But wait, not so fast. One can also explain the Biden/Ossoff/Warnock victories as the legitimate culmination of forces that had been building for years. When the republicans took over Georgia politics back in 2002, after the gradual disappearance of post-LBJ yellow-dog democrats, much of the state’s progressive population was feeling pretty demoralized and saw little hope for revitalization in the future. When a pair of potentially strong and well-funded candidates – Michelle Nunn and Jason Carter – flamed out in 2014, it especially looked like the republican hegemony was here to stay. But political analysts kept pointing to the sleeping giant of Black and other minority voters who had not yet flexed their political muscle, as well as the influx of younger, educated, racially diverse voters in the expanding Atlanta metro area, who together could potentially form the vanguard of an emerging new democratic coalition. Enter Stacey Abrams, who had the skills to unite and fire up that coalition, by forcefully articulating democratic principles, registering new voters, bringing people of color into more critical and more visible party roles, and building a sophisticated turnout operation. Most importantly, this was not a case of “one and done.” Biden’s seemingly improbable victory in 2020, only the second time a democrat carried the state since favorite son Jimmy Carter did so in 1980, was merely the beginning. Although the runoffs had originally been designed to disenfranchise Black voters, the heavily Black Fulton and DeKalb counties were literally coursing with excitement in the run-up to the runoffs, as huge signs redundantly exhorted their citizens to “VOTE ONE MORE TIME!” And indeed, the very coalition that had historically been shut out of runoff elections came out in force and propelled Warnock and his brother-from-another-mother Ossoff into the senate. Two years later, that same coalition almost reelected Warnock without a runoff, but seems to be in full gear once again, breaking early turnout records.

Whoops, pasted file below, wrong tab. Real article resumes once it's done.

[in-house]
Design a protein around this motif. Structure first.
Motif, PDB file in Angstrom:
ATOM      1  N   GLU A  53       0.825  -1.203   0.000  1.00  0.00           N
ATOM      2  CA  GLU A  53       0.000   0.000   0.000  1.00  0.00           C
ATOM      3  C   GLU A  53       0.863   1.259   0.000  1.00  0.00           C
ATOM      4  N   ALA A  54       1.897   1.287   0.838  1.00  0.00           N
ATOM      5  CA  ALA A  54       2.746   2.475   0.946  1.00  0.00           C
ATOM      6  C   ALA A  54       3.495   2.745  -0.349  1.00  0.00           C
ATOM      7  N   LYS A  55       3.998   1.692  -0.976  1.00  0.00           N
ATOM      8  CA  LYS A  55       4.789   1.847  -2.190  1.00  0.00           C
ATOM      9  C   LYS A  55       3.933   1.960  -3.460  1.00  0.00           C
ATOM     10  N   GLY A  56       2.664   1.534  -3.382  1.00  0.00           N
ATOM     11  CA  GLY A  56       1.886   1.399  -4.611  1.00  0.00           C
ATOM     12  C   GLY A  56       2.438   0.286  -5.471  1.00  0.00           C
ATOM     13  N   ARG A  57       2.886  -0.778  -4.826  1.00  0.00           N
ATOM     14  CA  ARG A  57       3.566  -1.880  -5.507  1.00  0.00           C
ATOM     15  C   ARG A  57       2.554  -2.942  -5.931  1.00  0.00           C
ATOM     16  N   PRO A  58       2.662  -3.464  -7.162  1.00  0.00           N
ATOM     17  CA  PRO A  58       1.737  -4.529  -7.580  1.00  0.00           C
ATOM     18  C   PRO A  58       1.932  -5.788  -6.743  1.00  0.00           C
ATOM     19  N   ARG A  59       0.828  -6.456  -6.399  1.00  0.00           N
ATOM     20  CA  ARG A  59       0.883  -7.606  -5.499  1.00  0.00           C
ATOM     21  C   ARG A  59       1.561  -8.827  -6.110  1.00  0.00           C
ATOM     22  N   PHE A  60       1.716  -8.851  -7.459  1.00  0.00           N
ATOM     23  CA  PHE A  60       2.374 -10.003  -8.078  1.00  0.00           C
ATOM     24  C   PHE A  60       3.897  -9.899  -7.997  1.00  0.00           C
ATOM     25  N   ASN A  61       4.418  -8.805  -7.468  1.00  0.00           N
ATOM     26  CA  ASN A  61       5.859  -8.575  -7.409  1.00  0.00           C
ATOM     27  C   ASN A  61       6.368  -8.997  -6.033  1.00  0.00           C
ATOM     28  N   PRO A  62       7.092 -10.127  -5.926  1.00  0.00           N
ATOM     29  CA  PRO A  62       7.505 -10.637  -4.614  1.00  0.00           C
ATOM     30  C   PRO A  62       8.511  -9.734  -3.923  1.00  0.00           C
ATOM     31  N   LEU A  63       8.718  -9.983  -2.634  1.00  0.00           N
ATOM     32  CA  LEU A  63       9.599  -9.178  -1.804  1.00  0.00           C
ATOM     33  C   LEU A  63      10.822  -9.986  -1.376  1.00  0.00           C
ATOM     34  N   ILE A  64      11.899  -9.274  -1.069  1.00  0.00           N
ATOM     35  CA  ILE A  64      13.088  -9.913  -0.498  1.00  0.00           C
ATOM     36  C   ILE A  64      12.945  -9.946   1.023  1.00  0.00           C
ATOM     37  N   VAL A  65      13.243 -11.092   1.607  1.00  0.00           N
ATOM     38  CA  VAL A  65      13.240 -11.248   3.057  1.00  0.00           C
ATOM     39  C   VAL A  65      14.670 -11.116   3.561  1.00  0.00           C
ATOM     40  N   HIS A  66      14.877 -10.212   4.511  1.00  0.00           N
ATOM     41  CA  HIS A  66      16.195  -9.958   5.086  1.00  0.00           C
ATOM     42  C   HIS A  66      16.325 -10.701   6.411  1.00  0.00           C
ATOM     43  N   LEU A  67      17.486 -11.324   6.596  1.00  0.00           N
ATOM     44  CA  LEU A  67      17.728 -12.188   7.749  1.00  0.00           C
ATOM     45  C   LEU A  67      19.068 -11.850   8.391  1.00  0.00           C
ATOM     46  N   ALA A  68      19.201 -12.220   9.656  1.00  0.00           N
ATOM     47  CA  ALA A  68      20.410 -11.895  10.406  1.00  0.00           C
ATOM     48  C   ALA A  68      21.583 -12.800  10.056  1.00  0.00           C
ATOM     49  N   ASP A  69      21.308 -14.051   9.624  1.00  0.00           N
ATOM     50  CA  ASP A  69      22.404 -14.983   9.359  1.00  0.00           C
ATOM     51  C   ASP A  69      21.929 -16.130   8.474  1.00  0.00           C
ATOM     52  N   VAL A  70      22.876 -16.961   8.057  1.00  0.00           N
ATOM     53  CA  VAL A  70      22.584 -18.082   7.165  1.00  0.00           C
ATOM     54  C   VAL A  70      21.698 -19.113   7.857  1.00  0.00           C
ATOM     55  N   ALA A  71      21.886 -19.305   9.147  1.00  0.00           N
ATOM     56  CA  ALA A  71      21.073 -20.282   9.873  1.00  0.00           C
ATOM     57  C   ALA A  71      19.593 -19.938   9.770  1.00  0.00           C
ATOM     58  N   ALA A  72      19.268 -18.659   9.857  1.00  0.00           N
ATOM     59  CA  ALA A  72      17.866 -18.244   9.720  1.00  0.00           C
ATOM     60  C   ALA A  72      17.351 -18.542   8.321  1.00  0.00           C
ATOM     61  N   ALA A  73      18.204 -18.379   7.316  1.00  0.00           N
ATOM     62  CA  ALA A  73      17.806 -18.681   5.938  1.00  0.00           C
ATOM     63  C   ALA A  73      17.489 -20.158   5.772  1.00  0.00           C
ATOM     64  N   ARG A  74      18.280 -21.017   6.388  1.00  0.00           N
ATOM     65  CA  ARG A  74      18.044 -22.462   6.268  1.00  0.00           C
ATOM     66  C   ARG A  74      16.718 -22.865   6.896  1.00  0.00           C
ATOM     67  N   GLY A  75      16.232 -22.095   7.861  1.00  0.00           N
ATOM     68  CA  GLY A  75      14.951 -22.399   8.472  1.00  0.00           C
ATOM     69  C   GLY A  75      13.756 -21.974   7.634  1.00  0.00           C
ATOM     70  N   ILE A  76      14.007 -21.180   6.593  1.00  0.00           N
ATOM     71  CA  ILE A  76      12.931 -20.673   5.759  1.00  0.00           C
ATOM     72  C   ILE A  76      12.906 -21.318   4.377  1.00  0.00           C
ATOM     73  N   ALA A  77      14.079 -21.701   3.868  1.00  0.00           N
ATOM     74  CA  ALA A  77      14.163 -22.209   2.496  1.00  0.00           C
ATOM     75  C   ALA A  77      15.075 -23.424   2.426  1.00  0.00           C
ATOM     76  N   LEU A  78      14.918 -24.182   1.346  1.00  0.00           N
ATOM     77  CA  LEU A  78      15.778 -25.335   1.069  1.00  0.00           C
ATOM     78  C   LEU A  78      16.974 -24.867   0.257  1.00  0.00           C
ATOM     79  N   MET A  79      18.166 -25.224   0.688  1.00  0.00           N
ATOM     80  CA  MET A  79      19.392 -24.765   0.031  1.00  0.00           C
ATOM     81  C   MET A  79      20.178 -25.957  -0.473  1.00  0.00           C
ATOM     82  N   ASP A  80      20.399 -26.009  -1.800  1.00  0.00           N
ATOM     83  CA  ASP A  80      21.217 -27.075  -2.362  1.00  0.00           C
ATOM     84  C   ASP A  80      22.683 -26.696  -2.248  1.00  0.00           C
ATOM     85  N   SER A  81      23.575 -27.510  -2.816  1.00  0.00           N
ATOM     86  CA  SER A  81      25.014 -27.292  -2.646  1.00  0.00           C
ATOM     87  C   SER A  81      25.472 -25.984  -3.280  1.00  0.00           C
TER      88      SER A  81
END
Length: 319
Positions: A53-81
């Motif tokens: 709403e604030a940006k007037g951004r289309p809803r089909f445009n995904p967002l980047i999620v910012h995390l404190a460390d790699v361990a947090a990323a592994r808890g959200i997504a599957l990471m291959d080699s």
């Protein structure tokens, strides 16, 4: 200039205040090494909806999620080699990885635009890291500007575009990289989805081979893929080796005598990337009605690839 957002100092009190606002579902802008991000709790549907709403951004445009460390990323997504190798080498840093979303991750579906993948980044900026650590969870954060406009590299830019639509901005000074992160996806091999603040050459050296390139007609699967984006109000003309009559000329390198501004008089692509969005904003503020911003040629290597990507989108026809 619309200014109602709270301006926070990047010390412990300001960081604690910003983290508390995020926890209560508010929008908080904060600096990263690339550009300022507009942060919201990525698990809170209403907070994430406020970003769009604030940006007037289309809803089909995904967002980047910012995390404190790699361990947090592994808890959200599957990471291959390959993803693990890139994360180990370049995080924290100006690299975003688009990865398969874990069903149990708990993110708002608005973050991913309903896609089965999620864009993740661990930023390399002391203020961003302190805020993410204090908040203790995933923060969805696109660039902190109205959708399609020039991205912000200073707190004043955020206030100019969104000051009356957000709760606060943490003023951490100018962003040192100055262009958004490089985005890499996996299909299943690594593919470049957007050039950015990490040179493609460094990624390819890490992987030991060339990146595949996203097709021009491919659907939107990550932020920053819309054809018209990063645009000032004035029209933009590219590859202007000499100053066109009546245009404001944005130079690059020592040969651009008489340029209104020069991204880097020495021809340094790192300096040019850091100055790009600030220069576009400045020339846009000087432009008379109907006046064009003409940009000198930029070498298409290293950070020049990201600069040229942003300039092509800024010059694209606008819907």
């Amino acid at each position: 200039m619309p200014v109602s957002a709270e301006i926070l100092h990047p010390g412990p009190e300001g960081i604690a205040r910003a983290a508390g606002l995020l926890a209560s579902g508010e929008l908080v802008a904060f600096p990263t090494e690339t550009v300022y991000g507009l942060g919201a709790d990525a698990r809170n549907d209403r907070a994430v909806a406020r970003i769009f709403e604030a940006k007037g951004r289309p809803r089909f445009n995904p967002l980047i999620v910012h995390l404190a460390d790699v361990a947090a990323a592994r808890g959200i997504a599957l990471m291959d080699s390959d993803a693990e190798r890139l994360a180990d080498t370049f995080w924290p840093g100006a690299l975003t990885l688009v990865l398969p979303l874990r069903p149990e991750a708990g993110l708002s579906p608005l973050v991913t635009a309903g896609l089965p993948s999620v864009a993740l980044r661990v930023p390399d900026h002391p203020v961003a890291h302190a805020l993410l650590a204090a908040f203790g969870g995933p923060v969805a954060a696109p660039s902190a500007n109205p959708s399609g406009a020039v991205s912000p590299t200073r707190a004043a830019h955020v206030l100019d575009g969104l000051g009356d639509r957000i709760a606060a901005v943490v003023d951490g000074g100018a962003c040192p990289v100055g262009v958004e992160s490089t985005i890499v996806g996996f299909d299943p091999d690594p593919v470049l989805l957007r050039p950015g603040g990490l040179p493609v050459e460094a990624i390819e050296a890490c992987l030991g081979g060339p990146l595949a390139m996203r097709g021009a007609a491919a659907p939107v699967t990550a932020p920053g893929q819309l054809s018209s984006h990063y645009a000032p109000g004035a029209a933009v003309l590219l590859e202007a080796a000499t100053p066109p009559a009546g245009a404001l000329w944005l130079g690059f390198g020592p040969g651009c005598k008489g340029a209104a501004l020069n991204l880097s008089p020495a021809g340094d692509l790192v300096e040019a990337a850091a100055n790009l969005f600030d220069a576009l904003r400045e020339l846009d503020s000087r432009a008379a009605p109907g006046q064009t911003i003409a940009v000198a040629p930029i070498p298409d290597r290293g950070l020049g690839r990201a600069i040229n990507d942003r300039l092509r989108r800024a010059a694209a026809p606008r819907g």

So how does the “Purple Georgia” paradigm explain all of the state-wide losses this year? Well first of all, identifying a state as purple doesn’t necessarily mean every election will be a tossup, or will even be close; it means that either party has the potential to win particular races, if they happen to be situated with the right combination of candidates, timing, political mood, economic conditions, and so forth. But Georgia republicans had the wind at their backs in 2022, as it’s generally hard to beat scandal-free incumbents in even indigo-ish purple states (just ask the good people of Wisconsin), and Kemp (and secretary of state Raffensperger) did manage to keep their noses clean and could even boast that they resisted Trump’s attempts at electoral coercion. Now admittedly, choosing not to violate the Constitution is a pretty low threshold to clear on the integrity meter, but these are strange times and even a modest burst of honesty can distinguish an individual republican from the rest of the herd. Kemp also wasn’t shy about using the power of his incumbency to score public relations points and hand out well-timed goodies to key constituents (like an extended repeal of the state gas tax). Throw in low unemployment, new businesses coming to the state, and an unpopular democratic president, and it makes sense that this would be a republican year in Georgia.